The authorization that 1st Bank wants is in the possession of HawkPay. PCM recognizes that HawkPay is the originator for this case and due to the settings enabled by National Bank in PCM, the case is immediately delivered to the “cases to be worked” PCM user interface at HawkPay. This eliminates the need for any employee at National Bank to examine the case. A HawkPay employee opens the case, sees the request from 1st Bank, accesses the documentation that exists within HawkPay’s network, and then attaches it to the case. HawkPay then submits the case back to National Bank. Again, due to the PCM settings at National Bank’s control, the case is identified as a completed case without further review and it is automatically returned to 1st Bank as a completed case.
This is just one small example of the way that PCM will drive down the cost of payment disputes. If the large FIs suffer millions of dollars in costs to manually address ACH disputes today, and PCM could eliminate 90-95% of that cost, what would that mean to gross margin improvement for these large FIs? Also consider that, at the same time they are greatly reducing their costs of disputes, they are automating the ability for the originating companies to address disputes as well. This represents a direct increase in customer satisfaction, a key driver for FIs regardless of size.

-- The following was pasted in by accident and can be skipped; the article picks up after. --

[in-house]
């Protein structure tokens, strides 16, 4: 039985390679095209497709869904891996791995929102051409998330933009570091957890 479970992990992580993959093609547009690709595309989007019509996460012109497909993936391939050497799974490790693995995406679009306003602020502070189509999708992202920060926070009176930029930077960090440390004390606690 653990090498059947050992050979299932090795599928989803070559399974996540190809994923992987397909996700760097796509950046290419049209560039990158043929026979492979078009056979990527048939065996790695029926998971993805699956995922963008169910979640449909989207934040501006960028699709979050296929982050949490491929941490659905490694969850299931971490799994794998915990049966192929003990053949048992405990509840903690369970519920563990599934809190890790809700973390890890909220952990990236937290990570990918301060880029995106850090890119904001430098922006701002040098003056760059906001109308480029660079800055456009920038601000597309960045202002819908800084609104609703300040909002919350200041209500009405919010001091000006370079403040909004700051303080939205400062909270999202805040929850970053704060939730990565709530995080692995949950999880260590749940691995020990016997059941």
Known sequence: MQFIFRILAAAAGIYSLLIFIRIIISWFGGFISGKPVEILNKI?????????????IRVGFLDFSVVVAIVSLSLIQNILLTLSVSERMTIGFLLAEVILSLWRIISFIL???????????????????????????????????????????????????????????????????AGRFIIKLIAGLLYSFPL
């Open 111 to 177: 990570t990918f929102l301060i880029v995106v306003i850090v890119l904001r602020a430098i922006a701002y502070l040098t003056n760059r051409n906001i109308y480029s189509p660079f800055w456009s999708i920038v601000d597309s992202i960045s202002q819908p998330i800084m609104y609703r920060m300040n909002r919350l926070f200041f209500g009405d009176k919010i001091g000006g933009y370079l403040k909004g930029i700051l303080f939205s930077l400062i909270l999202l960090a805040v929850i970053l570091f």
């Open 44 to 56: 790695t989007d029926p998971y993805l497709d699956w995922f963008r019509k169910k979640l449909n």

What about the remaining financial institutions? Even when the largest FIs are members of PCM, there would still be hundreds of monthly faxes for each large ODFI to address manually. Only by creating a network effect where all FIs can actively participate in PCM commensurate to their dispute task can the full positive impact of PCM be realized. The next article in this series will focus on how PCM addresses the “problem” from a small FI perspective.